Tribute to Sechaba ka’Nkosi and his final chapter
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The passing of Sechaba ka’Nkosi of Business Report earlier this month was not an ordinary departure from this world. The search for him described the type of person he was.
On Sunday the 12th at 12.25 pm I got a call from Philippa Larkin, a colleague of Sechaba, asking if I had spoken to him recently. Sechaba edited my columns for Sunday Business Report and we were in contact a lot.
I wondered why Philippa was calling me as the deadline for my Sunday submission had already been met earlier in the week, and the print edition was out already.
Philippa’s voice was worried and subdued as she relayed that Sechaba has not been seen since the previous day, and was not answering her calls “This is unlike Sechaba,” she said. My mind went into overdrive given the riots that engulfed the country at that point in time.
I told Philippa that I had spoken to him on Saturday for about three minutes from 3.49pm to ask for the preview of the article. Sechaba assured me that the article was fine.
Every Thursday by 9am I would get a message from him, saying, “I thought I should remind you our deadline is 10am, Morena ”. I would then respond, “Ntate, the column will be on its way”.
Many a time in conversation with Sechaba, we would talk about his mother, who recently passed away. She came from Lesotho and Sechaba would reminisce about his visits to the mountain Kingdom.
We would jump to talking about Zimbabwe where Sechaba studied at the University of Zimbabwe in the 1980s. The topic would then drift to the political economy, and the mess that South Africa is in currently and what needed to be done.
Although Sechaba and Phliippa both edited my columns for Business Report in the later years, my editorial journey with the newspaper began in 2002 after I had mulled over how one should interact with society.
Two weeks into September 2002, I approached then BR editor, Alide Dasnois, and discussed the possibility of a column in the Business Report. She asked how often and suggested once a month.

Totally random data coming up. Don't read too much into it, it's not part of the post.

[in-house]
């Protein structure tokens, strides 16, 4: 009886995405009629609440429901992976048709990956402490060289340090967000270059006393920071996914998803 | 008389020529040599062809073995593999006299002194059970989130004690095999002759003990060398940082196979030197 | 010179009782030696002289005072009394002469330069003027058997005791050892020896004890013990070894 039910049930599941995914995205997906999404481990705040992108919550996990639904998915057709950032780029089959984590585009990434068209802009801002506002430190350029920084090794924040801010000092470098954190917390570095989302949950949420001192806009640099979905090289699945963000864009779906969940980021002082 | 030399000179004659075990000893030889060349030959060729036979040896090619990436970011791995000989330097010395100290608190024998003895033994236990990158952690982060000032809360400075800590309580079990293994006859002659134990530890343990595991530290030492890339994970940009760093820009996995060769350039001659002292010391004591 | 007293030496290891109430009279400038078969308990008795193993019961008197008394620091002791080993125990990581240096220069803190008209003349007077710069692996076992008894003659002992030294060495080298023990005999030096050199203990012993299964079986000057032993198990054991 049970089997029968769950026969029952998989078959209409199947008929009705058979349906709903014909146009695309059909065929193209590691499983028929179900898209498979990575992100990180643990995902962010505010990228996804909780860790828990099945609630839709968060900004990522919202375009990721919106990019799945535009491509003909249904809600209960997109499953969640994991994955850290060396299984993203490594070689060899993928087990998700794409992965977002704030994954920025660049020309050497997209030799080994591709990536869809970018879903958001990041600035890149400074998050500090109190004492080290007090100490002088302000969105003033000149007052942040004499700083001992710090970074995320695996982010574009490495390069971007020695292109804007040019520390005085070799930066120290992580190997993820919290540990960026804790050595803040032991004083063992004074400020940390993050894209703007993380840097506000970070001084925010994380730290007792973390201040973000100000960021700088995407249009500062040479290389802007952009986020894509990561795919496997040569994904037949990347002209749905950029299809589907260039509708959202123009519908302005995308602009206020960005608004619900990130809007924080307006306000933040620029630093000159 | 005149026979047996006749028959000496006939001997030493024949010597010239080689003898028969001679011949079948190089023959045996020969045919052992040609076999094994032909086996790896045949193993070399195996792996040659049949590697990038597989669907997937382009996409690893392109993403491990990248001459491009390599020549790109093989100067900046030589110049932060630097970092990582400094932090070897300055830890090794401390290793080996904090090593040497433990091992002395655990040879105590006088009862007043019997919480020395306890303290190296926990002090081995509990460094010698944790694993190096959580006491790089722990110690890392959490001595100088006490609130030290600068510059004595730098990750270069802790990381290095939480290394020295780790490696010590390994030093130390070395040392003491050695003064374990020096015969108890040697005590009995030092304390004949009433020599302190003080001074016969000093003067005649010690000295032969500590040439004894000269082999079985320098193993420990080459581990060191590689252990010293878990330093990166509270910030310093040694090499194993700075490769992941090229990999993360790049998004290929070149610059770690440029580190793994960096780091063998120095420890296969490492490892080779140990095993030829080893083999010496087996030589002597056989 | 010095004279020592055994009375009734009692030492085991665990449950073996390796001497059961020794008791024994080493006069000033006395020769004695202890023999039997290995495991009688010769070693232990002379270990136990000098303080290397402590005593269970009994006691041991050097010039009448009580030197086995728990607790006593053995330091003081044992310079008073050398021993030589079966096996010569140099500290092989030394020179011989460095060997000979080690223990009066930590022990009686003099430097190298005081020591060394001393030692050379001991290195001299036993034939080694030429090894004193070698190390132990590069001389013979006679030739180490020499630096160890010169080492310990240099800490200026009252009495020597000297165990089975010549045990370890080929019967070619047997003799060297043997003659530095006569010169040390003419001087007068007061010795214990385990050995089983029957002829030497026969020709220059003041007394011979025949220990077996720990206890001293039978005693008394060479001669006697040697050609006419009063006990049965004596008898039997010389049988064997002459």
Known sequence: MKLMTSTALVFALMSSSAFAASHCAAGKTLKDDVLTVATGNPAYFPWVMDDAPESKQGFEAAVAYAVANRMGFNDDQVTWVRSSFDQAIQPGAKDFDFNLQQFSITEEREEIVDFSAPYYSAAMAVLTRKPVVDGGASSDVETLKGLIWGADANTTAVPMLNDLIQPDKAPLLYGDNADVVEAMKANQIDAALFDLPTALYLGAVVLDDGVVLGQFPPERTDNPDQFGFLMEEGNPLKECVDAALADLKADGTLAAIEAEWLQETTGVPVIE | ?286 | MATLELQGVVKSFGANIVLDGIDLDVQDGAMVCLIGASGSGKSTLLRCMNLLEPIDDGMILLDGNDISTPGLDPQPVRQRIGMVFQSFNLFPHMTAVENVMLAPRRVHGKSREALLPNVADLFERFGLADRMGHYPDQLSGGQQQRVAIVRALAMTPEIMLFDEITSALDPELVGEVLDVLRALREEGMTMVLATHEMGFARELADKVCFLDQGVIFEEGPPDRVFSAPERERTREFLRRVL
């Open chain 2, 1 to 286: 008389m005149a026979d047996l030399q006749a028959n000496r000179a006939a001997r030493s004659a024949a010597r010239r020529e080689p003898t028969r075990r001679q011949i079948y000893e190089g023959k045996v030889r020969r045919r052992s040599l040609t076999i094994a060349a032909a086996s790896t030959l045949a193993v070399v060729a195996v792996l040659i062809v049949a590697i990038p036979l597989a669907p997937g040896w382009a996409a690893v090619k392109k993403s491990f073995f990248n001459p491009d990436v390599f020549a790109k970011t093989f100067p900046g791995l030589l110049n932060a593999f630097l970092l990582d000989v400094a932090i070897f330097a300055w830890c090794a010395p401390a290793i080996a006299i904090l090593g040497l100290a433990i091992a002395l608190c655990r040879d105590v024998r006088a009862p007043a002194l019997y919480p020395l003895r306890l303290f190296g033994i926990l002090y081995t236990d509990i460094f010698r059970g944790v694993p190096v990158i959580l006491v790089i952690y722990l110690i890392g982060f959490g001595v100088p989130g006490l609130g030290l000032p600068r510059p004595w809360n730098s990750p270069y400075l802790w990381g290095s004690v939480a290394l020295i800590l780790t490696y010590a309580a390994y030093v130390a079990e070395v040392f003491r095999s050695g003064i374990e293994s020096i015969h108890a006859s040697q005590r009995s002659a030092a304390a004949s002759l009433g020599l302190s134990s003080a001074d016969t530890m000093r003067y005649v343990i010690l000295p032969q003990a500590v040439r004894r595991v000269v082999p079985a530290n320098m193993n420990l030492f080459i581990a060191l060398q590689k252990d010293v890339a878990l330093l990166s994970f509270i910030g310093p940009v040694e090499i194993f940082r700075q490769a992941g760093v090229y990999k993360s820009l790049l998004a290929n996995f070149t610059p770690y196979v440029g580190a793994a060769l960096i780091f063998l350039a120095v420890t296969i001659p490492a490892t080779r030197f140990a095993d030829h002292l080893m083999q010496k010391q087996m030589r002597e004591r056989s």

I retorted, “who will remember anything about such an infrequent communication? I will run a weekly column.”
On September 28, 2002, the maiden column was launched with the title “The man who really counts”, and 19 years on with the certainty of the sun rising in the east and setting in the west, so has the column.
Since that inaugural column, I have written hundreds of columns carried in the paper and online.
Two months ago I had had a long discussion with Sechaba focused on a book with a compilation of my columns - thanks to the Professorship from University of Johannesburg.
Sechaba jumped at this opportunity and said, “I am volunteering to be by your side on this project”, and then we discussed how it would roll out.
The book project had inspired Sechaba so much that I reminded myself to assemble my fellow African statisticians across the continent and yonder, to discuss the question: “Why with all the best possibilities in front of us as Africa and Africans, is the African political leadership paying such scant attention to evidence and what should we do about it?”
Like a busy bee, I have been writing article after article every week on the events at hand as they unfold. Time has arrived for me to start the task that Sechaba was seized with. It is the best I can do for the partnership I continue to enjoy with Business Report. I owe the country a series of volumes for the rare privilege I had to serve and to honour Sechaba’s desire to inform society.
Sechaba sadly is no more and I possibly was one of the last people to talk to him shortly before he died. Philippa called me on Wednesday to say that Sechaba had had been found, but had departed this world peacefully at home in front of his TV, probably watching sport. And not due to anything to do with the civil unrest.
For reasons not revealed forever, we never discussed soccer. That is a great regret. Only at his memorial service did I realise that our relationship would have been doomed had we ventured in that direction. The annihilation of Chiefs by Sundowns could have impacted negatively on our intellectual relationship. May His Soul Rest In Peace.
Dr Pali Lehohla is the Former Statistician-General and former head of Statistics South Africa. Meet him on www.pie.org.za and @Palilj01
BUSINESS REPORT ONLINE